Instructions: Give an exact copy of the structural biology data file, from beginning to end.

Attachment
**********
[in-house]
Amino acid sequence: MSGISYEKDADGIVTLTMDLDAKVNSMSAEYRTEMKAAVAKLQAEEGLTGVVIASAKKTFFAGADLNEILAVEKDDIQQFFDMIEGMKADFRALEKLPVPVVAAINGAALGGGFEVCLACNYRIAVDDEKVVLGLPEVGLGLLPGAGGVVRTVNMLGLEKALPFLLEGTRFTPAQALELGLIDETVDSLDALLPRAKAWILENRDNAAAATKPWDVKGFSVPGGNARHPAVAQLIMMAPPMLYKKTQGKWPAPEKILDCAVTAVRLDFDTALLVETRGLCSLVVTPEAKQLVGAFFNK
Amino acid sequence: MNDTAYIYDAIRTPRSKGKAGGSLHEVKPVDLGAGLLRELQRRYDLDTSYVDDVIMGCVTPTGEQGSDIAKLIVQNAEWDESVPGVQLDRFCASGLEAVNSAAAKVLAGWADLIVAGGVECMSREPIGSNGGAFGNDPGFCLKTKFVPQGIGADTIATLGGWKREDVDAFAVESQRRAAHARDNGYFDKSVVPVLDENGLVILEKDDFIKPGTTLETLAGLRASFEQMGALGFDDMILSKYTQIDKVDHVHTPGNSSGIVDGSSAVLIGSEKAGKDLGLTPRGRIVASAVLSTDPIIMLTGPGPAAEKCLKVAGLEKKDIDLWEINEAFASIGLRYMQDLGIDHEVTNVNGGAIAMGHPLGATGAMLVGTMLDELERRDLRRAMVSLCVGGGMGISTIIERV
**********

[in-house]
Amino acid sequence: MSGISYEKDADGIVTLTMDLDAKVNSMSAEYRTEMKAAVAKLQAEEGLTGVVIASAKKTFFAGADLNEILAVEKDDIQQFFDMIEGMKADFRALEKLPVPVVAAINGAALGGGFEVCLACNYRIAVDDEKVVLGLPEVGLGLLPGAGGVVRTVNMLGLEKALPFLLEGTRFTPAQALELGLIDETVDSLDALLPRAKAWILENRDNAAAATKPWDVKGFSVPGGNARHPAVAQLIMMAPPMLYKKTQGKWPAPEKILDCAVTAVRLDFDTALLVETRGLCSLVVTPEAKQLVGAFFNK
Amino acid sequence: MNDTAYIYDAIRTPRSKGKAGGSLHEVKPVDLGAGLLRELQRRYDLDTSYVDDVIMGCVTPTGEQGSDIAKLIVQNAEWDESVPGVQLDRFCASGLEAVNSAAAKVLAGWADLIVAGGVECMSREPIGSNGGAFGNDPGFCLKTKFVPQGIGADTIATLGGWKREDVDAFAVESQRRAAHARDNGYFDKSVVPVLDENGLVILEKDDFIKPGTTLETLAGLRASFEQMGALGFDDMILSKYTQIDKVDHVHTPGNSSGIVDGSSAVLIGSEKAGKDLGLTPRGRIVASAVLSTDPIIMLTGPGPAAEKCLKVAGLEKKDIDLWEINEAFASIGLRYMQDLGIDHEVTNVNGGAIAMGHPLGATGAMLVGTMLDELERRDLRRAMVSLCVGGGMGISTIIERV